I spent yesterday doing the "tourist thing" in Washington DC (never mind that it's only 30 miles south of me). Some of my wife's relatives were in town, so we accompanied them on their siteseeing. It was a nice enough day - temps in the mid 80s and low humidity (not at all like a typical August day in this area!).
We started off at Union Station, walking over to the Capitol. Around that (which was a pain - the visitor center construction has made navigation of the capitol problematic) we went to the Mall. It's a pretty long way from the capitol down to the Washington Monument. We had my wife's uncle, his daughter, and her daughter (who is my daughter's age; they hit it off well), and my brother in law along. The kids complained about how far off the Washington Monument was, and truthfully, it's a long walk. We probably should have taken a break at the Smithsonian, but we went by the monument and on to the memorials.
The new WWII memorial is very nice - well done, and reminiscent of a lot of the Civil War era monuments I've seen over the years. The designers are to be applauded, IMHO - it fits in very well on the mall. If you stand just in the center (in front of the water) you get a great view of the Washington Monument (and the capitol dome behind it) on one end, and the Lincoln memorial on the other.
From there we walked down past the reflecting pool to the Licoln memorial. Now, I've been to this one many, many times - but it still awes me every time I see it. It's a serene place, no matter how crowded it gets. People really do quiet down once they get inside - it's got the air of a temple. Two things really strike me every time I go - the texts of the Gettysburg Address and Lincoln's Second Inaugural Address. They are short, elegant, and to the point. Contrast them with any speech you hear today - either political or business - and ask yourself why no one manages to pack so much meaning into so small a space.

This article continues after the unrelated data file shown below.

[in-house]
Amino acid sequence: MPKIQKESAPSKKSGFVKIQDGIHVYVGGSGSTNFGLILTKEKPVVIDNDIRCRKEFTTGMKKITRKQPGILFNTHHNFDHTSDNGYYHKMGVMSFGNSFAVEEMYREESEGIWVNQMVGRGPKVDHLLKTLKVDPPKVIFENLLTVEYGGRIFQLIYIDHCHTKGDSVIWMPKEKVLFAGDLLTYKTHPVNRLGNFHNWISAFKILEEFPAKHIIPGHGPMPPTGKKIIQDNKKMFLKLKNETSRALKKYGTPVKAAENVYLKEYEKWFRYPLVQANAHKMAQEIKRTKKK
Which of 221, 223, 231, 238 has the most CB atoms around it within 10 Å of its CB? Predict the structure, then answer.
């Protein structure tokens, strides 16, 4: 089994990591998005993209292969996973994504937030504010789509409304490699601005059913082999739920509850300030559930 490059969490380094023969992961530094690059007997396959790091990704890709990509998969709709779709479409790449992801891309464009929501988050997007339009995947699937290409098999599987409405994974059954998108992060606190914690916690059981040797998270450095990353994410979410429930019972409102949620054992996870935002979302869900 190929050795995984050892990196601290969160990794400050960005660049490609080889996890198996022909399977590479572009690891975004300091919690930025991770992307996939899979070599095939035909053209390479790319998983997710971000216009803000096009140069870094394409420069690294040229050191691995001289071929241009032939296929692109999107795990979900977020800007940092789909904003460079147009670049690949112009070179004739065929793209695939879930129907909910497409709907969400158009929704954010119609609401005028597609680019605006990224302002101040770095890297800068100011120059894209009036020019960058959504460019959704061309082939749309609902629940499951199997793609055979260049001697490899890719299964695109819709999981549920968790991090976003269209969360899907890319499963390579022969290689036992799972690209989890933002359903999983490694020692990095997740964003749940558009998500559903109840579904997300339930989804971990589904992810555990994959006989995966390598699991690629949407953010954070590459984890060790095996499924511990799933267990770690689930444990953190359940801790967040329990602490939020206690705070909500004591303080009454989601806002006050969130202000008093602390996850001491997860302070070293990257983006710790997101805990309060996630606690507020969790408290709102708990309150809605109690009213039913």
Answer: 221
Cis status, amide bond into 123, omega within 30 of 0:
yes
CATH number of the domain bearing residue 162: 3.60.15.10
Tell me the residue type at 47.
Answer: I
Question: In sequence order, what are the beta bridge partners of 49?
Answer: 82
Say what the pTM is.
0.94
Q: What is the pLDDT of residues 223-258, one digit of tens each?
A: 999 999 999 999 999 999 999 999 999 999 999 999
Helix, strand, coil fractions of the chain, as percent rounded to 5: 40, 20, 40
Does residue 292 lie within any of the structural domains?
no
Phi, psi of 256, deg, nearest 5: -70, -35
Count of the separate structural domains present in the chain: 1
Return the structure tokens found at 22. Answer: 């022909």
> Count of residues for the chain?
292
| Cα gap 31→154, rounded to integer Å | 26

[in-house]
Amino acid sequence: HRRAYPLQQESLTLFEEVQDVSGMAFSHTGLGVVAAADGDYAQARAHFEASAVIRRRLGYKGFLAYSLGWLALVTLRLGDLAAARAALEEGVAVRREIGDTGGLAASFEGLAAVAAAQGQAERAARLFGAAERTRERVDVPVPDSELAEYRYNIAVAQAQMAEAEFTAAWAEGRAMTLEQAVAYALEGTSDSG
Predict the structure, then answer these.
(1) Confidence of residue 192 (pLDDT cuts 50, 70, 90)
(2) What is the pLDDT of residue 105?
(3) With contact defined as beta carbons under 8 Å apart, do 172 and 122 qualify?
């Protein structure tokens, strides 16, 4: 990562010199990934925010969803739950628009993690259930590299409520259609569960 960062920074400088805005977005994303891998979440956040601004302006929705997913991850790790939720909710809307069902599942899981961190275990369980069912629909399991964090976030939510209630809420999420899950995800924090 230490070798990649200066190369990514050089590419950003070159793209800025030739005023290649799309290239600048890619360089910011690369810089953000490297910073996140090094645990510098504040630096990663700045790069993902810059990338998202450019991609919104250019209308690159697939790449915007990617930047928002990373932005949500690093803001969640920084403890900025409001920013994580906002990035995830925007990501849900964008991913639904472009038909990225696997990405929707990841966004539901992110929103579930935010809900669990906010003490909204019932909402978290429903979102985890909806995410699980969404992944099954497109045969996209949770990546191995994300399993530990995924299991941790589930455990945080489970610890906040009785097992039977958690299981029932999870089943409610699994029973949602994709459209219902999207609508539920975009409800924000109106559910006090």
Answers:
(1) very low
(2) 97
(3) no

From there we hoofed it over to the nearest (5 blocks) metro station. That took us past the State Department building - and boy does it look dreary compared to the Mall architecture. It's got all the charm of a 1960's high school. We went back to Union Station, where we caught a twilight tour of the monuments. I can't recommend this tour enough - it takes you to the Jefferson Memorial, the FDR Memorial, the Lincoln Memorial, Korean War/Vietnam War/WWII Memorials, and past a lot of other interesting things in the city. It set out at 7, and went to about 10:30. Well worth it - I especially liked the view from the Jefferson Memorial to the White House. Apparently, FDR had all the trees cut down between the two spots so that he could always see it. Like the Lincoln Memorial, it's a very contemplative place.
Even though we had already seen the WWII memorial, it was beautiful at night - worth seeing again. The Korean War memorial was a little haunting at night - the statues of soldiers on patrol really rise up at you. We skipped the Vietnam Wall, since we were running short on time (and they are doing maintenance on it anyway). That took us back to Union Station
Now, we had purchased round trip rail seats on commuter rail in the morning - and the last train was leaving at 10:35. We got to Union Station at 10:31. We had to convince other people on the tour bus to let us off first (they were pretty nice about that), and then run to track 15. We got on the train with less than a minute to spare, which was good - our other option was a cab back to the train station.
All in all a good day, even if it was a little tiring.